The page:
UK Sikh Priest Given £62k Settlement

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1947-2014 (Archived)
Jun 17, 2004
Gurpal Singh Virdi, 66, of Clover Street in Chatham, says he was forbidden from leaving the Siri Guru Nanak Gurdwara Temple in Byron Road, Gillingham and often worked 17-hour days during his 15 years as a Granthi (Sikh priest).

The father of three, a decorated soldier, claimed he was unfairly dismissed after he refused to take a pay cut in August 2008.

Mr Virdi's case was due to be heard at Ashford Employment Tribunal on October 10, but the temple's trustees agreed to pay him £62,000 to settle, making no admission of liability.

Temple bosses have strongly denied all the claims, saying they do not treat priests as "slaves", and that Mr Virdi received free accommodation, food, gas and electricity on top of his salary.

Mr Virdi told the News: "At no time was I allowed to leave the temple without permission. If I wanted to visit anyone, I wasn't allowed without the temple committee's permission.

He added: "I've begged and borrowed from everyone, all my friends, to pay for the solicitors' fees."

When Mr Virdi first joined the temple, he was paid £50 a week.

He and his wife Gurpax, 61, lived rent-free in a flat above the temple, and were given food.

Mr Virdi claimed his bosses deducted National Insurance contributions from his pay, despite it being below the required threshold, leaving him with little money to buy extra food, clothes and essentials.

The father of three, originally from Punjab, alleges that on his return from holiday in August, 2008, he was ordered by temple bosses to sign a new contract that would drop his pay from £405 to £350 per month, and put him on a three-month probation. He refused and was later dismissed.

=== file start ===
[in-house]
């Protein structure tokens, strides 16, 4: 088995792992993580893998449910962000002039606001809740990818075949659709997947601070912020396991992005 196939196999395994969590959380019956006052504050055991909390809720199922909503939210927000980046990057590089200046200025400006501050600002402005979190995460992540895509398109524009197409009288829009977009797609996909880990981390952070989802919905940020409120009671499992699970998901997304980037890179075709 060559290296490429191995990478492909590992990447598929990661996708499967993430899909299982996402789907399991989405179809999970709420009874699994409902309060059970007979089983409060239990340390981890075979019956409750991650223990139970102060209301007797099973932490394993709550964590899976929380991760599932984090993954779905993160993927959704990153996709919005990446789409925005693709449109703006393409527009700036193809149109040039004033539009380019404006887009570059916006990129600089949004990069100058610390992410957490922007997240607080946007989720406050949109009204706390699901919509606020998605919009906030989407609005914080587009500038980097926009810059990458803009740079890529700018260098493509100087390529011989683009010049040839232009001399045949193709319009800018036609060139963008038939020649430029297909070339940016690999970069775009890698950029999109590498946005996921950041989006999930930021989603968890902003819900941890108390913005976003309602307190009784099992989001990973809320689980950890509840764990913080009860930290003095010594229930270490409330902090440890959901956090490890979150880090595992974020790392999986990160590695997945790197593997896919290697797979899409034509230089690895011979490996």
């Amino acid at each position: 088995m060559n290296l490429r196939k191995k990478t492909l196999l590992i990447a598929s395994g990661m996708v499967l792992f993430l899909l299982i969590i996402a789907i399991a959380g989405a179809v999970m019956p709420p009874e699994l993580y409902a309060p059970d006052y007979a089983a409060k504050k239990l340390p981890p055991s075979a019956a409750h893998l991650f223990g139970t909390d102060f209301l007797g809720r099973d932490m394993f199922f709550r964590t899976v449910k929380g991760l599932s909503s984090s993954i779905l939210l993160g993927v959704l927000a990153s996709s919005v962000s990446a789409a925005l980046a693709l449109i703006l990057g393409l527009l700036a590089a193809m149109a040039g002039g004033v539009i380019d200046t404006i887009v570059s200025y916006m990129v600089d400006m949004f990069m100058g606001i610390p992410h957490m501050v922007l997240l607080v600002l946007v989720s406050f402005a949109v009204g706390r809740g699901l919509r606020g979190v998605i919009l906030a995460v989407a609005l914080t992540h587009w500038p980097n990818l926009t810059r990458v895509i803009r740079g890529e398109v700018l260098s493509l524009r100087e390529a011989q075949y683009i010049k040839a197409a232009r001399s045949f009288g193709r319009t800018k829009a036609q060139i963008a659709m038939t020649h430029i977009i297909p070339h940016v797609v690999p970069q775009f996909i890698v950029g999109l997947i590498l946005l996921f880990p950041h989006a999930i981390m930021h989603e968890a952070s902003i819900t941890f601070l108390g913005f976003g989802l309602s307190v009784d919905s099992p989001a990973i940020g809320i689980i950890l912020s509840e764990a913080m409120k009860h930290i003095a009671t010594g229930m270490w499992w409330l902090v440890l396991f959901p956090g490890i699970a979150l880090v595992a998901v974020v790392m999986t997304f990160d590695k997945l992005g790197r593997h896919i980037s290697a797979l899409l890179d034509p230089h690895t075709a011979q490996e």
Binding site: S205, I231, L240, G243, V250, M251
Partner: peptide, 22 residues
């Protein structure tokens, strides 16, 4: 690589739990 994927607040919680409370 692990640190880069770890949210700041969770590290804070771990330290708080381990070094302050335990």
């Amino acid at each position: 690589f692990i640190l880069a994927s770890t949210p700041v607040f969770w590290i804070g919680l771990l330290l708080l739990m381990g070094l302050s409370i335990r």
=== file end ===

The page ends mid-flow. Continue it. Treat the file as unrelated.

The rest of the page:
In a previous case in 2009, Mr Virdi was paid more than £4,000 by the temple after claiming backdated salary.

Committee chairman Julhar Singh Chohan said: "We respect priests, we don't use them as slaves."

He said at least two Granthis had been employed during Mr Virdi's tenure, and that they shared the hours between them.

It had been "impossible" that Mr Virdi had worked 17 hours a day, he said.

The committee pointed out that Mr Virdi got free accommodation, free food, and amenities which, counted together, took his pay above the national minimum wage.

The committee admitted forbidding Mr Virdi from leaving the temple overnight without permission as he was living on-site and members were concerned about security.

A spokesman for the temple's trustees said: "There was a dispute between the Gurdwara and Mr Virdi, which was subject to employment tribunal proceedings. They were settled without admission of liability on the part of the Gurdwara, in order to bring the matter to a conclusion and to allow both parties to move on."

The UK national minimum wage has gone from £3.60 to £6.08 per hour for over-21s since it was introduced in 2000.

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